Desk-work people are advised to refrain from returning to full-employment for 6 weeks. Housewives (and house-husbands!) need a similar period of time to recover also. People with flexible work hours, and those that can complete their duties whilst standing upright may return to work after 3 weeks. People who return to work too early have been shown to experience a greater degree of long-term neck pain. Physiotherapy exercises should commence after 6 weeks. Hard or foam collars should not be worn.

Athletes can usually return to gymnasium and track training in approximately 10 weeks, though each case will need to be judged on its individual merits, taking factors such as the athlete's age, particular athletic activity, and body habitus into account. Should your MRI reveal evidence of spinal cord damage already, it is advised that you not participate again in contact sports.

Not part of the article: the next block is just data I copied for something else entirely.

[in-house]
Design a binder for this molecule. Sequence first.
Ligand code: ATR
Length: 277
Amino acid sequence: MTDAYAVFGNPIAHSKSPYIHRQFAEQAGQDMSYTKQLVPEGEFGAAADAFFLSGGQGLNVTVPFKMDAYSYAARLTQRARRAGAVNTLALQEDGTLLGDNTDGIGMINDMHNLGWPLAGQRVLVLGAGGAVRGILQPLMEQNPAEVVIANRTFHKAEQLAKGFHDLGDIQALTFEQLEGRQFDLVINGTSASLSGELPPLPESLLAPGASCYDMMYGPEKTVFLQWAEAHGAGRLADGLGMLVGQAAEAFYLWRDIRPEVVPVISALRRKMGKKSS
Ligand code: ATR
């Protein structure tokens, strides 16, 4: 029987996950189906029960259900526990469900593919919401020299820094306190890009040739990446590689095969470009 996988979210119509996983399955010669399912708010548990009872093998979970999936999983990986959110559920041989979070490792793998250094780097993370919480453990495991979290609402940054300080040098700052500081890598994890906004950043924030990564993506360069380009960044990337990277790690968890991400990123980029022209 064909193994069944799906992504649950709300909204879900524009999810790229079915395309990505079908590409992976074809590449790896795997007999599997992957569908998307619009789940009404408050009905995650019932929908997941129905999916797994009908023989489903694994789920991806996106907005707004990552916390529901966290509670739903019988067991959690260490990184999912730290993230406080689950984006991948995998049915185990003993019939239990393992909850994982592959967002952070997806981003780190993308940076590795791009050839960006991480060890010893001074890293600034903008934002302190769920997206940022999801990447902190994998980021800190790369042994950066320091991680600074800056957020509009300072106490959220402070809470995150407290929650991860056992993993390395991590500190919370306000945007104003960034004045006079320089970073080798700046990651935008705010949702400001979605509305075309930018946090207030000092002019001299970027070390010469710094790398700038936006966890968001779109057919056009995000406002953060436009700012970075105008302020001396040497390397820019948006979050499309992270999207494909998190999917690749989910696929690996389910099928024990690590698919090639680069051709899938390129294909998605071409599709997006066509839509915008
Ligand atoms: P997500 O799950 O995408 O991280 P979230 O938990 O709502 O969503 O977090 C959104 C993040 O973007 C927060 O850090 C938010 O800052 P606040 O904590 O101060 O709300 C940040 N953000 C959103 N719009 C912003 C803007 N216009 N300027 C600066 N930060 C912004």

You will be reviewed in the clinic after 6 weeks, and possibly again 3 months later to confirm that your recovery has proceeded satisfactorily. You will have been given a regime of neck muscle exercises by the physiotherapy department. It is important that these exercises become as regular a part of your daily routine as brushing your teeth!

Should you experience any unusual symptoms or signs either prior to your surgery or during your subsequent recovery period, you must contact our office line immediately. Should that not be possible, we would advise you to seek immediate medical advice from a registered medical practitioner. Urinary or faecal incontinence, urinary retention, constipation, difficulty breathing or completing sentences, new-onset numbness or leg weakness, a painful calf or thigh (especially if red or swollen) are all reasons to call us immediately, or to go to your local hospital emergency department. 


Always tell your surgeon if you are taking Aspirin, Disprin, Plavix (Clopidrogel), Warfarin, Dipyridamole (Persantine), Asasantin, Aggrenox  or if your medical condition has changed in any respect in the period of time prior to your procedure.